Martha's home on Mount Desert Island in Maine is called Skylands. The estate is known for its ultra-lavish grounds, but adjacent to the main house is a charming guest cottage -- and the inside of this home is a vision in pink. As Martha explains it, "When I first laid eyes on Skylands, a 1925 summer house, I could have never believed that one day I would I would own such a wonderful piece of American architectural history, a place that evokes an era gone by." Indeed, before Martha bought the estate, it was owned by Edsel Ford's family and then by the Leedes, a large family from Texas and Colorado. "My goal has been to combine the grandeur of the place with true comfort and real warmth. "People go in there and they just want to lie in bed and read, or sit on the terrace and look at the view," Martha says. "It's an idyllic little place."
Here are some lessons to learn from this charming cottage.
1. Pink Isn't Just for Princesses
Martha chose a serene shade of pink for the living room -- and similar shades of blush for the entire guest cottage, for that matter. She chose this monochromatic decorating tactic to create a cohesive, welcoming flow throughout the house. And it works. What could have easily been a Barbie Dreamhouse in the wrong hands is a sophisticated, feminine space under Martha's guidance. She says that the color highlights "the loveliness of the interiors."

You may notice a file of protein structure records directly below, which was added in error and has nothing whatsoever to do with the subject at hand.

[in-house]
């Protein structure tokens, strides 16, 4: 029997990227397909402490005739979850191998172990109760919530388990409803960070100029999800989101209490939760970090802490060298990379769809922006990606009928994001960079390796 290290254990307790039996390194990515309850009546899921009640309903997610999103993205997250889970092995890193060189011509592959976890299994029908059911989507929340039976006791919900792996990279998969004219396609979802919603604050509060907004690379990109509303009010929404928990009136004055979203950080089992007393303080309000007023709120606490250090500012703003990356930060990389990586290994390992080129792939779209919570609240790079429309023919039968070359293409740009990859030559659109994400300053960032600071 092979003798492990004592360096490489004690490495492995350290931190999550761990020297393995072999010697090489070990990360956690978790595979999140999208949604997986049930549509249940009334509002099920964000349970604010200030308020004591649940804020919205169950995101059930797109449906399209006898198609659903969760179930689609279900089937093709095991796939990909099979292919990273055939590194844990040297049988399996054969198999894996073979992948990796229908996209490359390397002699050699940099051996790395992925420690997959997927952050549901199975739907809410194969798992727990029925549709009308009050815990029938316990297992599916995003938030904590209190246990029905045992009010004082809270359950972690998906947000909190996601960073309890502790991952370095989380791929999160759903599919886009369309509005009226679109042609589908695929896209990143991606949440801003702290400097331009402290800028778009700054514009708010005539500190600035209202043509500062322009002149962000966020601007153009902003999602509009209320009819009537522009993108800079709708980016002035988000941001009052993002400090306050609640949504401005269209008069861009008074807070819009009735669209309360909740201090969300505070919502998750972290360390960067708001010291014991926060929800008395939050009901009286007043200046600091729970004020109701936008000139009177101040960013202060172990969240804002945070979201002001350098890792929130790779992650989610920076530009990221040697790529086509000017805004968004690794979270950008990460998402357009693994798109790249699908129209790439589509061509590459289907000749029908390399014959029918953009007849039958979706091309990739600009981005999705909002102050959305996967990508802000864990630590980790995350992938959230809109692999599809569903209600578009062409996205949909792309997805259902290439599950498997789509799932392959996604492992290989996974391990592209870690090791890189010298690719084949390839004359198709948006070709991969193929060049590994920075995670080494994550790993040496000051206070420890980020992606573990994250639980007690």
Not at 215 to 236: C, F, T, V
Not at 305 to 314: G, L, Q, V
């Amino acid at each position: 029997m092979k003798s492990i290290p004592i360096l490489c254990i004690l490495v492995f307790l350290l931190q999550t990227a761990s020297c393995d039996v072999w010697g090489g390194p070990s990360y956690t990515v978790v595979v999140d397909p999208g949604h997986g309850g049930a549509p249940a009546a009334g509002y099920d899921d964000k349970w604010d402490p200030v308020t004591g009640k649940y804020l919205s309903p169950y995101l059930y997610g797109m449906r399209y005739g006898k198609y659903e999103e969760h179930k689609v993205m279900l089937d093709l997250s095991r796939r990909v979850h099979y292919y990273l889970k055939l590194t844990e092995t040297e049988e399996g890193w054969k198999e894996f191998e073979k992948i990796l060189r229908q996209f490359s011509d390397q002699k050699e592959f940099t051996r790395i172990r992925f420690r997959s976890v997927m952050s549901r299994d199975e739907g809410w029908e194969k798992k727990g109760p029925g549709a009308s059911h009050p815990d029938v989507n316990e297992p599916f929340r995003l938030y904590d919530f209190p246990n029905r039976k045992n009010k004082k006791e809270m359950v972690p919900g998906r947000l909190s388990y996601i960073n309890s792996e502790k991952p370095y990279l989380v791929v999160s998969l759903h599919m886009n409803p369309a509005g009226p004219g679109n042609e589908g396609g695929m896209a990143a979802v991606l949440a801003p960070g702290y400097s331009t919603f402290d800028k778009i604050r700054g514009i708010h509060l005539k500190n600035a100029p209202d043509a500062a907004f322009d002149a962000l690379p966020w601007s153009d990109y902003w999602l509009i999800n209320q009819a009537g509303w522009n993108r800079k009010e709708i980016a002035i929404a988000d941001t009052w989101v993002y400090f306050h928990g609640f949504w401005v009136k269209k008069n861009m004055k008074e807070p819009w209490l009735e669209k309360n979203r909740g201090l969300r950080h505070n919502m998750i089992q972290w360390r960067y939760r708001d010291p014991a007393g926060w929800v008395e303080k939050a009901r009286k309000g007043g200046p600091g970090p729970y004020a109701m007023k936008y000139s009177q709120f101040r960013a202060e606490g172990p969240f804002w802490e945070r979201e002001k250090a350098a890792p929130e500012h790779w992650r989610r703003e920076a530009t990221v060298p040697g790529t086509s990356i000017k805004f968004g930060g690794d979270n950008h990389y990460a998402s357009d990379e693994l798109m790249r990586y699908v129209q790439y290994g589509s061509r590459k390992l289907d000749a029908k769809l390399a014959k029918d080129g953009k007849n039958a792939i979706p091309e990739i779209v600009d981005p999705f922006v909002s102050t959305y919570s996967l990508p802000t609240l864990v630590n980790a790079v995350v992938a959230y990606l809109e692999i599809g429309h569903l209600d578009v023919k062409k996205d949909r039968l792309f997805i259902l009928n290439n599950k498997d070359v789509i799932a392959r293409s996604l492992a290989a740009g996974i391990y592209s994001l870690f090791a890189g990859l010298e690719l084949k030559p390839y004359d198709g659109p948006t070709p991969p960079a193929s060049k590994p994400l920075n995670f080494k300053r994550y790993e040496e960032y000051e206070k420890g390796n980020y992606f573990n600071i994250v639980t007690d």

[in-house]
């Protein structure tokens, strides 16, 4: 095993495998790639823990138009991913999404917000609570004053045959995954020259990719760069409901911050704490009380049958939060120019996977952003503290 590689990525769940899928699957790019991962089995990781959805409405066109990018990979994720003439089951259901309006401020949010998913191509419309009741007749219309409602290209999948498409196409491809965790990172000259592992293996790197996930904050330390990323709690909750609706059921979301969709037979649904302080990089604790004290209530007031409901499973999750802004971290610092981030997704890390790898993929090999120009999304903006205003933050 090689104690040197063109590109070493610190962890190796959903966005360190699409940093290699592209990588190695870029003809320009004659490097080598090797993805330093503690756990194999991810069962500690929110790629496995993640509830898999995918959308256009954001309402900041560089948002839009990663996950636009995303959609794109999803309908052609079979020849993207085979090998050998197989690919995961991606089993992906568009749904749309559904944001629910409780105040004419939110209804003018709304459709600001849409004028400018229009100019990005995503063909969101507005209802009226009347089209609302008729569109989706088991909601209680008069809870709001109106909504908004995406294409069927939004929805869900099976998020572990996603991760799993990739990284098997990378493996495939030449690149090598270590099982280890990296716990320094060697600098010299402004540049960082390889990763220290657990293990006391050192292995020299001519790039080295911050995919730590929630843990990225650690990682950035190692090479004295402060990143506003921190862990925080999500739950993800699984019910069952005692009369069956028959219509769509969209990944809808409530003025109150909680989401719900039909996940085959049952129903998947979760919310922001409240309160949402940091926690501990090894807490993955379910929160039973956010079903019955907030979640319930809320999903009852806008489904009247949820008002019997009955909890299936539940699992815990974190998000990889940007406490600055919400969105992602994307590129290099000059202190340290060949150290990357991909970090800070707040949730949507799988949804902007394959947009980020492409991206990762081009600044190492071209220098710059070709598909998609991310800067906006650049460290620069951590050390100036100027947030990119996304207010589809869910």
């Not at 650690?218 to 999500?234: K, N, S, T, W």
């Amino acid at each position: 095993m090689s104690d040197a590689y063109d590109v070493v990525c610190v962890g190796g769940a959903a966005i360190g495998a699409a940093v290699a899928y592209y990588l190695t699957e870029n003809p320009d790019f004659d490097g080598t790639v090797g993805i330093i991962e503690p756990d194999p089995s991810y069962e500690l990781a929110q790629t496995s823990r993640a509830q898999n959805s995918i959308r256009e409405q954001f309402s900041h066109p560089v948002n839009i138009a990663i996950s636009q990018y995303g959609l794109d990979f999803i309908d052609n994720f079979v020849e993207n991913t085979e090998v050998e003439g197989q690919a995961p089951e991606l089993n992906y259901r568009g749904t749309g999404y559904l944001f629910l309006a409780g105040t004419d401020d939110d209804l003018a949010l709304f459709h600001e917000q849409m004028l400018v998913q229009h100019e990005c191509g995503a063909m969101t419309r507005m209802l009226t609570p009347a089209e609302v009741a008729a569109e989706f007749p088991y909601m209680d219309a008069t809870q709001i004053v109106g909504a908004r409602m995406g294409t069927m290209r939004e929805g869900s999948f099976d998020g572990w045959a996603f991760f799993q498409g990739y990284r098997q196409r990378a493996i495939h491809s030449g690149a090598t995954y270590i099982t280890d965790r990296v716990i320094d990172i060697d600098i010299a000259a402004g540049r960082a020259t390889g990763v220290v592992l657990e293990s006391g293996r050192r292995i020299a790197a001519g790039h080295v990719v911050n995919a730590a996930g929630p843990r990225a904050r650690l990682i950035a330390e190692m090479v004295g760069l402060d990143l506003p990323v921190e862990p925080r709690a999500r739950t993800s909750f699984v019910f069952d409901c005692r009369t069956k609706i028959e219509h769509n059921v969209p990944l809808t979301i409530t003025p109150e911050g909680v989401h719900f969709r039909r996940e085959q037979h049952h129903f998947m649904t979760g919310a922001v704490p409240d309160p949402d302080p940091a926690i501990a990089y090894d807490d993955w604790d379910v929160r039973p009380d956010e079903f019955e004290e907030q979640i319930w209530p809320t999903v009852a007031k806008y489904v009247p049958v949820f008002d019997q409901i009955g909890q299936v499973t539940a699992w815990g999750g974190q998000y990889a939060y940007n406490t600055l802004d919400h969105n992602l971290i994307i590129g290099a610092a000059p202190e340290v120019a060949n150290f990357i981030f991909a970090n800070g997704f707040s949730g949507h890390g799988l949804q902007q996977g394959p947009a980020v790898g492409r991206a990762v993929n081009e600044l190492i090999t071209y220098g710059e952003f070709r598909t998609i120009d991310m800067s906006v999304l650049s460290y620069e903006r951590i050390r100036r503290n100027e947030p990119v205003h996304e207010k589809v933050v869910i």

2. Window Frames Don't Have to Be White
If you look closely, you'll see that Martha covered the window frames (and even the mirror frame above the mantel) in the same pink as the walls. She's used this strategy in some of her other homes as well. "I don't paint my window frames white anymore," Martha says, "because the bright trim interrupts the view outside." And when you have a view like Martha's (see the Skyland grounds here), you can understand why she'd feel this way.
3. If the Fireplace Is the Focal Point, Make It Sizzle
We've done a lot of coverage on decorating the fireplace, and for good reason: Part of the appeal of gathering around a crackling fire is the vision of it all. Here, Martha uses a stately granite fireplace surround and a traditional, gilded fireplace screen. A matching Craftsman-era copper vessel holds extra firewood, and fireplace tools with intricate copper handles are there to stoke the fire. Their rosy luster reflects the glow of the walls in the living room and catches the flickers of the fireplace, which is put to work on Maine's colder summer days and nights. Echoing the gold fireplace accoutrements are two gold vases, which flank the otherwise bare mantel above. A simple sisal rug and soft, neutral furniture let the fireplace setup steal the show.